Huge difference in measured vs assumed white point

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  • #26985

    Moortgat Leo
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    I’ve been using displaycal quite some time now with a spyder express.

    This week I bought an xrite i1.

    I understand most of the settings and how they affect the results.

    But last nigth I was running a calibration on my laptop screen. The measured uncalibrated white point was about 7200K.

    The settings for white point were set to ‘as measured’ and so I calibrated the screen.

    Afterwards I ran a measurement report, without any verification profile .

    All the results were OK , except for the white point. The delta was about 9 points of , saying assumed vs measured white point mismatch.

    But when I looked at the report, it said about 7200K and then 6500K daylight.

    Since I used ‘as measured’ i’m a bit confused.

    So I did the calibration again, and now I put 6500K instead of as measured.

    Guessing this would be even worse, in the final report.

    But what I didn’t expect , was that this verification report was OK for white point.

    Since it’s a laptop screen I can’t adjust RGB levels, so the white point is always fixed to about 7200K.
    I did try before with Intel Graphics Panel, adjusting the contrast of the RGB levels, and that seemd to work to reduce the white point to 6600K.

    But yesterday I read on this forum that you shouldn’t do it this way. And leave the white point ‘as measured’.

    And that brings us back to the start of my questions 😉 .

    Some extra info, I’m running win10 , I use a second display Benq with 100% srgb for my LightRoom/PhotoShop work.
    That runs fine calibrated. It’s just the laptop screen that has me ‘puzzeled’ and moreover how to interprete the white point settings.

    Thanks in advance.

    #26990

    Vincent
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    But last nigth I was running a calibration on my laptop screen. The measured uncalibrated white point was about 7200K.

    The settings for white point were set to ‘as measured’ and so I calibrated the screen.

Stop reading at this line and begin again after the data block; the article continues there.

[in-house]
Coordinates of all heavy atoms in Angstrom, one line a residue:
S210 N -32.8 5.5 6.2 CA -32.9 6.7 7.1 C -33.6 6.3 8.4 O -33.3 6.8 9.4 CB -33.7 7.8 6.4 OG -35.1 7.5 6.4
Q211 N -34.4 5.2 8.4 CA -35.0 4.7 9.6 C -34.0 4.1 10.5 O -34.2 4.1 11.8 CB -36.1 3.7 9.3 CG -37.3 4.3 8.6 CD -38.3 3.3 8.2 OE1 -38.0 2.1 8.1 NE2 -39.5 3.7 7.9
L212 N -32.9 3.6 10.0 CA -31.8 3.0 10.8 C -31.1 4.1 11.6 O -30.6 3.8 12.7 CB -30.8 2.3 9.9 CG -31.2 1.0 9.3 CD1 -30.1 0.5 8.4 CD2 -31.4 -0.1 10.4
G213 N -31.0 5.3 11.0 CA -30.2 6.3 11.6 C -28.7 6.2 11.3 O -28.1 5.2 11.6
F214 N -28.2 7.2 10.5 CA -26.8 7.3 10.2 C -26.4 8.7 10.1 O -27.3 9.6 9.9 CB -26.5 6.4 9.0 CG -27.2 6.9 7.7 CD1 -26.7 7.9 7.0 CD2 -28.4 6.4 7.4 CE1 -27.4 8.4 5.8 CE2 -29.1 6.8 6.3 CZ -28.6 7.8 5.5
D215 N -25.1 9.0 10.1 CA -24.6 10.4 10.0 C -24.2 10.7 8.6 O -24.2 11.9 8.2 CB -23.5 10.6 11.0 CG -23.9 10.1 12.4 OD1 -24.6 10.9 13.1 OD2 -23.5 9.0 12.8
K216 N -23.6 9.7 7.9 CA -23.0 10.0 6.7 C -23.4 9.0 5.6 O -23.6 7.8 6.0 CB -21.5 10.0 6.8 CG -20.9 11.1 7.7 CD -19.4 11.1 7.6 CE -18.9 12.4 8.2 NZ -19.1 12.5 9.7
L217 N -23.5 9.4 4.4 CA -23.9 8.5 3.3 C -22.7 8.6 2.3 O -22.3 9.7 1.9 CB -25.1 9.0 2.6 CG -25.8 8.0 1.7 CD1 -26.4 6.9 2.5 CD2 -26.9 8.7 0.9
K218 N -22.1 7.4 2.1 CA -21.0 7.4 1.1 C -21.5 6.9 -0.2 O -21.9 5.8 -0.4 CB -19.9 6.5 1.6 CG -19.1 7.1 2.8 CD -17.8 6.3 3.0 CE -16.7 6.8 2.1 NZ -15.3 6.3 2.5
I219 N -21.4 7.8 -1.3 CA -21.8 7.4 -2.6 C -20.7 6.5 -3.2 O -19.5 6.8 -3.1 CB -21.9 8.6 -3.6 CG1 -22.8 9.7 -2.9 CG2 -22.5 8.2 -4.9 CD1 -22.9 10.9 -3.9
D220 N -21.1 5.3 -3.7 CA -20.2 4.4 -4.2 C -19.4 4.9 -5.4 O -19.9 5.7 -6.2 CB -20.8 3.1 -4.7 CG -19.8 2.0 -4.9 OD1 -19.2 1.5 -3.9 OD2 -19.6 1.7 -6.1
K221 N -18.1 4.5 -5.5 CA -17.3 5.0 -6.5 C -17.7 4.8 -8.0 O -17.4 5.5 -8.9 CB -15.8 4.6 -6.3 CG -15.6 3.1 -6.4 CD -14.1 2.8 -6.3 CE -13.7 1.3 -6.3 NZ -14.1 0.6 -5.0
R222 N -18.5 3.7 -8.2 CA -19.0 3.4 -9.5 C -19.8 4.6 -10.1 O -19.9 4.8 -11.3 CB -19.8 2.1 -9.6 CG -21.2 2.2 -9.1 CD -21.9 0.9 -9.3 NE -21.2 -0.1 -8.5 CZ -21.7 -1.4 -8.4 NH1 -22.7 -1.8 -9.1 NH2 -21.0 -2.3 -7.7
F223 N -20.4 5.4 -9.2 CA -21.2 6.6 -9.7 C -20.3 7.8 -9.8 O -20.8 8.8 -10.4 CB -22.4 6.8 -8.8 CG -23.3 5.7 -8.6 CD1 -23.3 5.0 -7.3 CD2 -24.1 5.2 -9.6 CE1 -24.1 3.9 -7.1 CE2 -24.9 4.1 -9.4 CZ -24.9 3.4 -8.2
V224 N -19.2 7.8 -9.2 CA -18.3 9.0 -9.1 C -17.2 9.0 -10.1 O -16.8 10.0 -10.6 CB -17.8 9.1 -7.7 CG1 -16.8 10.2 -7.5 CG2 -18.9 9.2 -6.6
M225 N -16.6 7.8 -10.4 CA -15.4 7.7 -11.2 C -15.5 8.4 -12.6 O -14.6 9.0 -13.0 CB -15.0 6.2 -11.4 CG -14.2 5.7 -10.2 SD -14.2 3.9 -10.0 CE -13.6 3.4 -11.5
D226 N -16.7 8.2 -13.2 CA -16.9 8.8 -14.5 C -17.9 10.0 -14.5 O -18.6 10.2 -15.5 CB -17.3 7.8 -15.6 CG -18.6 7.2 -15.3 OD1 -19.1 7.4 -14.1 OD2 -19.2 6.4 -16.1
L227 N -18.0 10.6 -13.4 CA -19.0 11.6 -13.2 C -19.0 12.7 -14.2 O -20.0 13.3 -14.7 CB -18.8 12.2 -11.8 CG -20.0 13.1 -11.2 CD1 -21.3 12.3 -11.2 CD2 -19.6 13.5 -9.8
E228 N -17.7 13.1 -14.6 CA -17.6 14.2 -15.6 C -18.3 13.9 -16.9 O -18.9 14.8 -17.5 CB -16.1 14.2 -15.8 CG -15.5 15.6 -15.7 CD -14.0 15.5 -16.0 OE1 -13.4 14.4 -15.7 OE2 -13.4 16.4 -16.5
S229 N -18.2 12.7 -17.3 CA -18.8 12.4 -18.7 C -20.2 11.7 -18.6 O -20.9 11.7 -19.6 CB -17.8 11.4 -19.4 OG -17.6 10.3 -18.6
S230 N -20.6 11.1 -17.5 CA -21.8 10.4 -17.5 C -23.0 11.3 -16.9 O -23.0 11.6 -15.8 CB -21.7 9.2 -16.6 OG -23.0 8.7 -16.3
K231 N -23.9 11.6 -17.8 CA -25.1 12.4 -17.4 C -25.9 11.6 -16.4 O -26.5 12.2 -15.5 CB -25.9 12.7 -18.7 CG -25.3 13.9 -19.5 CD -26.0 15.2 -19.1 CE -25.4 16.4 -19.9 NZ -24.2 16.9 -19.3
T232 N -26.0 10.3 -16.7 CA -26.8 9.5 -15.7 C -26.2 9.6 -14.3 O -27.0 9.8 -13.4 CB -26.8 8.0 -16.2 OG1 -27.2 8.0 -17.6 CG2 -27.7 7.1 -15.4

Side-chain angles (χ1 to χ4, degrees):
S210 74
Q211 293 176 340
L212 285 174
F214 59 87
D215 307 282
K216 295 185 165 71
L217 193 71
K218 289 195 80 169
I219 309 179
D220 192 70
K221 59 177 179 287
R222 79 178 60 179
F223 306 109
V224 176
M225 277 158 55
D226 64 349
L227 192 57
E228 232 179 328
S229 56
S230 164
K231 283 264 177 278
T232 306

So no calibration of white. Report chose the closest daylight white to native white. White color (excluding brightness) is 2D position in a map, correlated color temp says nothing about actual color (missing info). Assumed vs measured shows color distance between current white and “closest daylight white” in 100K interval.
    Since no calibration => huge errors in white are common.

    Since it’s a laptop screen I can’t adjust RGB levels, so the white point is always fixed to about 7200K.
    I did try before with Intel Graphics Panel, adjusting the contrast of the RGB levels, and that seemd to work to reduce the white point to 6600K.

    Do not use control panel. If you choose D65 as target (6500 AND daylight, 2 crossing lines in that 2D map) for white, displayCAL will limit some channels output in a better way that what you can do on control panel. All these translate to GPU LUT correction in VCGT tag in resulting ICC profile.
    Do nothing on control panel, just set a whitepoint target if you do not want native white.

    For visual matching your other benq use visual whitepoint editor as whitepoint target in DisplayCAL.

    #26991

    Moortgat Leo
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    Vincent,

    That makes sense, I guess. I never had this problem with the Benq because it could set the RGB levels to reach 6500K (almost).

    So it’s best to calibrate the white point to 6500K and choose 6500K over ‘as measured’. Hence it’ll skip white point calibration.

    One other question. How usefull is it to use a lux reading of the ambient light?
    Assuming I always do my edits during the same conditions?

    Thanks in advance.

    And another thanks for pointing me to the xrite instead of the spyder5, it’s way faster and more accurate!

    #26992

    Vincent
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    Native = as measured = max contrast, max unique grey levels

    The further you go from there, the more contrast you loose. It may be negible if distance between native & target is small.
    Choose the leser evil. Another option between them is choosing the closest daylight white as target, it may be cool (bluish) but white (no green or pink).

    Since some TN laptops have very reduced contrast as measured is default recommended value. As long as you know what are you doing and why… choose the one that best fuit your needs. For example IMHO is better to avoid greenish bluish cast on white on some office laptops even if you loose contrast but YMMV.

    #26993

    Moortgat Leo
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    Vincent,

    Ok. So if I leave it at ‘as measured’ for the TN panel. It’ll give me a warning in the report.

    But all the other values are verry good.

    So the only downside is that my native white will be bluish?

    #26994

    Vincent
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    And grey and all the surrounding colors.

    Verification “all green” just means “display and profile match” / “profile predicts display behavior”.
    It does not mean “it works as I expect it to work”.
    It could mean “if i do not care about overall XXXX-ish cast on screen, color managed apps can work OK and show accurate content on a relative whitepoint intent”.

    #27034

    Moortgat Leo
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    Today I noticed that the displaycal profile loader, reapplied the calibration state +500 times!!

    And this on a timespan of 3 hours.

    Is this normal?

    #27042

    Vincent
    Participant
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    Yes, it just ensures that no other app like some games cleans GPU LUTs.

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